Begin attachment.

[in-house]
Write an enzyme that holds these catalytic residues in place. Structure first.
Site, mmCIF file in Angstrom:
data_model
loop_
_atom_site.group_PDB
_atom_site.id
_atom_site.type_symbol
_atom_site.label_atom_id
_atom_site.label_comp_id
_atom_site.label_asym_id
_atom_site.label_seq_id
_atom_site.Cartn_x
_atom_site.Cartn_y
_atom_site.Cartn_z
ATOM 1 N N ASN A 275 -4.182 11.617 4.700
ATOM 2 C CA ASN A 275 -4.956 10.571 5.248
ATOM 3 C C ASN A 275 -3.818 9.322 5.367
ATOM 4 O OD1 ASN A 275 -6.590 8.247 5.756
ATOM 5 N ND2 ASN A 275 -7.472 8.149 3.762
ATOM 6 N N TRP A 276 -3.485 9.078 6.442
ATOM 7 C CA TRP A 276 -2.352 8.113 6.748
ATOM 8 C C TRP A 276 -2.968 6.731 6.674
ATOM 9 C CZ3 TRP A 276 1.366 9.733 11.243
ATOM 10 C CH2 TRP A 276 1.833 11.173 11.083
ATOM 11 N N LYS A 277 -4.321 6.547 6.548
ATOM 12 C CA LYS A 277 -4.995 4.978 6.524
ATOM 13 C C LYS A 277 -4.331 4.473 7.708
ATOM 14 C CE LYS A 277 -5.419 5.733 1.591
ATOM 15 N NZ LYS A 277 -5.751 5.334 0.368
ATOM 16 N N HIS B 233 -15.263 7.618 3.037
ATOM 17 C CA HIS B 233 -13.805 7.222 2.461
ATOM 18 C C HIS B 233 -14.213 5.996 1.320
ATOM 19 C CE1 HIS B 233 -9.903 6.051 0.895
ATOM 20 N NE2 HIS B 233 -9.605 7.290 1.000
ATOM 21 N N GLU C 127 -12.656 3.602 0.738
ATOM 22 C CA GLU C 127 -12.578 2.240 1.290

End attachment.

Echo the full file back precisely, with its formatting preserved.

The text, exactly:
[in-house]
Write an enzyme that holds these catalytic residues in place. Structure first.
Site, mmCIF file in Angstrom:
data_model
loop_
_atom_site.group_PDB
_atom_site.id
_atom_site.type_symbol
_atom_site.label_atom_id
_atom_site.label_comp_id
_atom_site.label_asym_id
_atom_site.label_seq_id
_atom_site.Cartn_x
_atom_site.Cartn_y
_atom_site.Cartn_z
ATOM 1 N N ASN A 275 -4.182 11.617 4.700
ATOM 2 C CA ASN A 275 -4.956 10.571 5.248
ATOM 3 C C ASN A 275 -3.818 9.322 5.367
ATOM 4 O OD1 ASN A 275 -6.590 8.247 5.756
ATOM 5 N ND2 ASN A 275 -7.472 8.149 3.762
ATOM 6 N N TRP A 276 -3.485 9.078 6.442
ATOM 7 C CA TRP A 276 -2.352 8.113 6.748
ATOM 8 C C TRP A 276 -2.968 6.731 6.674
ATOM 9 C CZ3 TRP A 276 1.366 9.733 11.243
ATOM 10 C CH2 TRP A 276 1.833 11.173 11.083
ATOM 11 N N LYS A 277 -4.321 6.547 6.548
ATOM 12 C CA LYS A 277 -4.995 4.978 6.524
ATOM 13 C C LYS A 277 -4.331 4.473 7.708
ATOM 14 C CE LYS A 277 -5.419 5.733 1.591
ATOM 15 N NZ LYS A 277 -5.751 5.334 0.368
ATOM 16 N N HIS B 233 -15.263 7.618 3.037
ATOM 17 C CA HIS B 233 -13.805 7.222 2.461
ATOM 18 C C HIS B 233 -14.213 5.996 1.320
ATOM 19 C CE1 HIS B 233 -9.903 6.051 0.895
ATOM 20 N NE2 HIS B 233 -9.605 7.290 1.000
ATOM 21 N N GLU C 127 -12.656 3.602 0.738
ATOM 22 C CA GLU C 127 -12.578 2.240 1.290